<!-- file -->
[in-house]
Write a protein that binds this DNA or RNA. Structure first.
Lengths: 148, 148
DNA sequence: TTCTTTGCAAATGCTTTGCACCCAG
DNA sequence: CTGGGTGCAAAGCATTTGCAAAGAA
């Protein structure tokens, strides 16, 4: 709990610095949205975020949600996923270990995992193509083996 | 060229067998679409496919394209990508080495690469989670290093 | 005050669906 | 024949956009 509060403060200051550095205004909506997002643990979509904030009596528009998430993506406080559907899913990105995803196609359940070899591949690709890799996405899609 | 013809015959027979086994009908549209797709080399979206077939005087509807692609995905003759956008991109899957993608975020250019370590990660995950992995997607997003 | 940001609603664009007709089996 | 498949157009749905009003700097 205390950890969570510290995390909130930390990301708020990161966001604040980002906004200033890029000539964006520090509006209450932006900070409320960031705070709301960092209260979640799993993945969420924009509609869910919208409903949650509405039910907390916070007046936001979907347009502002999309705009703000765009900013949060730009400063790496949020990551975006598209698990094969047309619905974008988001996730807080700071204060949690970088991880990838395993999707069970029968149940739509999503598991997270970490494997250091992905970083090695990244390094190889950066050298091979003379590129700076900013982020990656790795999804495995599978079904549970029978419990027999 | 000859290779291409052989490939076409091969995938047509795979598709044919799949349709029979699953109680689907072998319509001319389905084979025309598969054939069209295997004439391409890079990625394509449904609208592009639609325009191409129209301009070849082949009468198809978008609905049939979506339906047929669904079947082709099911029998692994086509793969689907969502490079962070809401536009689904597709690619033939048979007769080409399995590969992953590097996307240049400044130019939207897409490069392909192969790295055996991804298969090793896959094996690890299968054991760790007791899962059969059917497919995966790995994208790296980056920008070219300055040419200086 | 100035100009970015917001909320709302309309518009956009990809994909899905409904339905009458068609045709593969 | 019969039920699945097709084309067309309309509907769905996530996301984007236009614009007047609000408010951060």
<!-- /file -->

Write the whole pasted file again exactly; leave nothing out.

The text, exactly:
[in-house]
Write a protein that binds this DNA or RNA. Structure first.
Lengths: 148, 148
DNA sequence: TTCTTTGCAAATGCTTTGCACCCAG
DNA sequence: CTGGGTGCAAAGCATTTGCAAAGAA
């Protein structure tokens, strides 16, 4: 709990610095949205975020949600996923270990995992193509083996 | 060229067998679409496919394209990508080495690469989670290093 | 005050669906 | 024949956009 509060403060200051550095205004909506997002643990979509904030009596528009998430993506406080559907899913990105995803196609359940070899591949690709890799996405899609 | 013809015959027979086994009908549209797709080399979206077939005087509807692609995905003759956008991109899957993608975020250019370590990660995950992995997607997003 | 940001609603664009007709089996 | 498949157009749905009003700097 205390950890969570510290995390909130930390990301708020990161966001604040980002906004200033890029000539964006520090509006209450932006900070409320960031705070709301960092209260979640799993993945969420924009509609869910919208409903949650509405039910907390916070007046936001979907347009502002999309705009703000765009900013949060730009400063790496949020990551975006598209698990094969047309619905974008988001996730807080700071204060949690970088991880990838395993999707069970029968149940739509999503598991997270970490494997250091992905970083090695990244390094190889950066050298091979003379590129700076900013982020990656790795999804495995599978079904549970029978419990027999 | 000859290779291409052989490939076409091969995938047509795979598709044919799949349709029979699953109680689907072998319509001319389905084979025309598969054939069209295997004439391409890079990625394509449904609208592009639609325009191409129209301009070849082949009468198809978008609905049939979506339906047929669904079947082709099911029998692994086509793969689907969502490079962070809401536009689904597709690619033939048979007769080409399995590969992953590097996307240049400044130019939207897409490069392909192969790295055996991804298969090793896959094996690890299968054991760790007791899962059969059917497919995966790995994208790296980056920008070219300055040419200086 | 100035100009970015917001909320709302309309518009956009990809994909899905409904339905009458068609045709593969 | 019969039920699945097709084309067309309309509907769905996530996301984007236009614009007047609000408010951060």